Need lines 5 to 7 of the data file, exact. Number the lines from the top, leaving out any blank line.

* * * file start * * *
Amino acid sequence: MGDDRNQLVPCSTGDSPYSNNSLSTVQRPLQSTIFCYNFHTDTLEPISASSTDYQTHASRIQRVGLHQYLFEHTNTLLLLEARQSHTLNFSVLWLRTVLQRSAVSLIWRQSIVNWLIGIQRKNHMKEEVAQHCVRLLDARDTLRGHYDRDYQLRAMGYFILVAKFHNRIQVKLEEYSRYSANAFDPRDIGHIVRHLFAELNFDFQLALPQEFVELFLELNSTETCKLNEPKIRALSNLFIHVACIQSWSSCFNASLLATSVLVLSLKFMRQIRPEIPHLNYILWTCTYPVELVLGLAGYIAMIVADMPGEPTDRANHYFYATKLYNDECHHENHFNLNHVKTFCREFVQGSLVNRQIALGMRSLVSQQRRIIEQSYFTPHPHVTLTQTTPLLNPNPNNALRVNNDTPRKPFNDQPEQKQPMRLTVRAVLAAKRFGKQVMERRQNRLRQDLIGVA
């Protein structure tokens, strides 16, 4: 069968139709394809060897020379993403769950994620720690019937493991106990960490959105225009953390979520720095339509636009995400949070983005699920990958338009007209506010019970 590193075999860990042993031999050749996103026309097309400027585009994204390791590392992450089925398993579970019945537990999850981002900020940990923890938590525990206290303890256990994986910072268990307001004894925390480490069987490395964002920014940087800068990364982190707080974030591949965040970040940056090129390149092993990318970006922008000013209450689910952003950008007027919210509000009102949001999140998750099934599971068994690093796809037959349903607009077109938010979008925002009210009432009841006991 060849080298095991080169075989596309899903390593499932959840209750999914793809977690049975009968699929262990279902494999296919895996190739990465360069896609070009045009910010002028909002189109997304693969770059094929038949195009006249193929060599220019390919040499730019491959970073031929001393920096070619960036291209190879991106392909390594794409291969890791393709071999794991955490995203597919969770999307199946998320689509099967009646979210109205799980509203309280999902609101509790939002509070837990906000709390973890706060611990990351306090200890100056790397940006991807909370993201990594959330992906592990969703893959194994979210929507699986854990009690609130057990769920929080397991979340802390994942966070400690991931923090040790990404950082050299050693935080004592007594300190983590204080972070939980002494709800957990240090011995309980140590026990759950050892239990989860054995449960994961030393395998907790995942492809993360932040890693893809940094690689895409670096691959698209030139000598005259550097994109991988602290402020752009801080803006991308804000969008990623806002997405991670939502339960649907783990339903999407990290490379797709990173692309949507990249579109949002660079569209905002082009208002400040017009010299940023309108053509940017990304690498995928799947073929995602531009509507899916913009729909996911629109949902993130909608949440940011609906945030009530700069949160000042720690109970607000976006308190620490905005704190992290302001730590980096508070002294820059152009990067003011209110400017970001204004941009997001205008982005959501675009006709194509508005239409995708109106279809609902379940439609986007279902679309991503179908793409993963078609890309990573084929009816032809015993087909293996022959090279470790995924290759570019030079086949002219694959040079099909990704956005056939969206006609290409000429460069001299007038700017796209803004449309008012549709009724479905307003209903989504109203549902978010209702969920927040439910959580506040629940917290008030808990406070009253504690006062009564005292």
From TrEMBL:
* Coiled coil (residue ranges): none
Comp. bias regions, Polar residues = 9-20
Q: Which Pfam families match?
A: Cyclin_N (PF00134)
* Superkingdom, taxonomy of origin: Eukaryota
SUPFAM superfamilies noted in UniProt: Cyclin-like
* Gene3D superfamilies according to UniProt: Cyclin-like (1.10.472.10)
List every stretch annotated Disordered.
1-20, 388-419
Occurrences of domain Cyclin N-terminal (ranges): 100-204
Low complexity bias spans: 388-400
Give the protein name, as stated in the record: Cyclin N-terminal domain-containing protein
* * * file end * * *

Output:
Comp. bias regions, Polar residues = 9-20
Q: Which Pfam families match?
A: Cyclin_N (PF00134)